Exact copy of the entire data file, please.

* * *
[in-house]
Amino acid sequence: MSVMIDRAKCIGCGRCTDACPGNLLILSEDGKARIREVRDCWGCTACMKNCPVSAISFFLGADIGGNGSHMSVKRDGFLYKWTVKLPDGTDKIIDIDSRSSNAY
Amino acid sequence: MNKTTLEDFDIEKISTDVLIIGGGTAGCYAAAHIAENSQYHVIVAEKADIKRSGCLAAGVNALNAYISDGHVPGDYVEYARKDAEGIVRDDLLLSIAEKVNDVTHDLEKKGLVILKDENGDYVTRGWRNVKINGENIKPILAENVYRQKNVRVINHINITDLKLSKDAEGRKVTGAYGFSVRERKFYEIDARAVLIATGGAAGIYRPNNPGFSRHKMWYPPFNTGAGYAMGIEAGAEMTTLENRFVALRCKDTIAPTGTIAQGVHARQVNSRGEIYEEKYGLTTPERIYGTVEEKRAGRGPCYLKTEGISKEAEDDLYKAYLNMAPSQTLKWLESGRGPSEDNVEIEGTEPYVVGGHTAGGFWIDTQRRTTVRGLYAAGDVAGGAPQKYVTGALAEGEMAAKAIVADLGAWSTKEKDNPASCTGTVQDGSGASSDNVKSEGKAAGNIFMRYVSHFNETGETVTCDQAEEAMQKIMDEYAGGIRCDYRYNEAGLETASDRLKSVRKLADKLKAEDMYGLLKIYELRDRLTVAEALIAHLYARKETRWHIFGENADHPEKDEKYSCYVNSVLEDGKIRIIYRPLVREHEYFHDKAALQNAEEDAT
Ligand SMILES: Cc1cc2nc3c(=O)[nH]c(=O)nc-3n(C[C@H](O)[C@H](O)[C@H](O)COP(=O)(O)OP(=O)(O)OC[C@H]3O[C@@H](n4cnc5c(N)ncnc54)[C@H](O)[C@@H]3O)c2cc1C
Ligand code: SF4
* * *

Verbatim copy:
[in-house]
Amino acid sequence: MSVMIDRAKCIGCGRCTDACPGNLLILSEDGKARIREVRDCWGCTACMKNCPVSAISFFLGADIGGNGSHMSVKRDGFLYKWTVKLPDGTDKIIDIDSRSSNAY
Amino acid sequence: MNKTTLEDFDIEKISTDVLIIGGGTAGCYAAAHIAENSQYHVIVAEKADIKRSGCLAAGVNALNAYISDGHVPGDYVEYARKDAEGIVRDDLLLSIAEKVNDVTHDLEKKGLVILKDENGDYVTRGWRNVKINGENIKPILAENVYRQKNVRVINHINITDLKLSKDAEGRKVTGAYGFSVRERKFYEIDARAVLIATGGAAGIYRPNNPGFSRHKMWYPPFNTGAGYAMGIEAGAEMTTLENRFVALRCKDTIAPTGTIAQGVHARQVNSRGEIYEEKYGLTTPERIYGTVEEKRAGRGPCYLKTEGISKEAEDDLYKAYLNMAPSQTLKWLESGRGPSEDNVEIEGTEPYVVGGHTAGGFWIDTQRRTTVRGLYAAGDVAGGAPQKYVTGALAEGEMAAKAIVADLGAWSTKEKDNPASCTGTVQDGSGASSDNVKSEGKAAGNIFMRYVSHFNETGETVTCDQAEEAMQKIMDEYAGGIRCDYRYNEAGLETASDRLKSVRKLADKLKAEDMYGLLKIYELRDRLTVAEALIAHLYARKETRWHIFGENADHPEKDEKYSCYVNSVLEDGKIRIIYRPLVREHEYFHDKAALQNAEEDAT
Ligand SMILES: Cc1cc2nc3c(=O)[nH]c(=O)nc-3n(C[C@H](O)[C@H](O)[C@H](O)COP(=O)(O)OP(=O)(O)OC[C@H]3O[C@@H](n4cnc5c(N)ncnc54)[C@H](O)[C@@H]3O)c2cc1C
Ligand code: SF4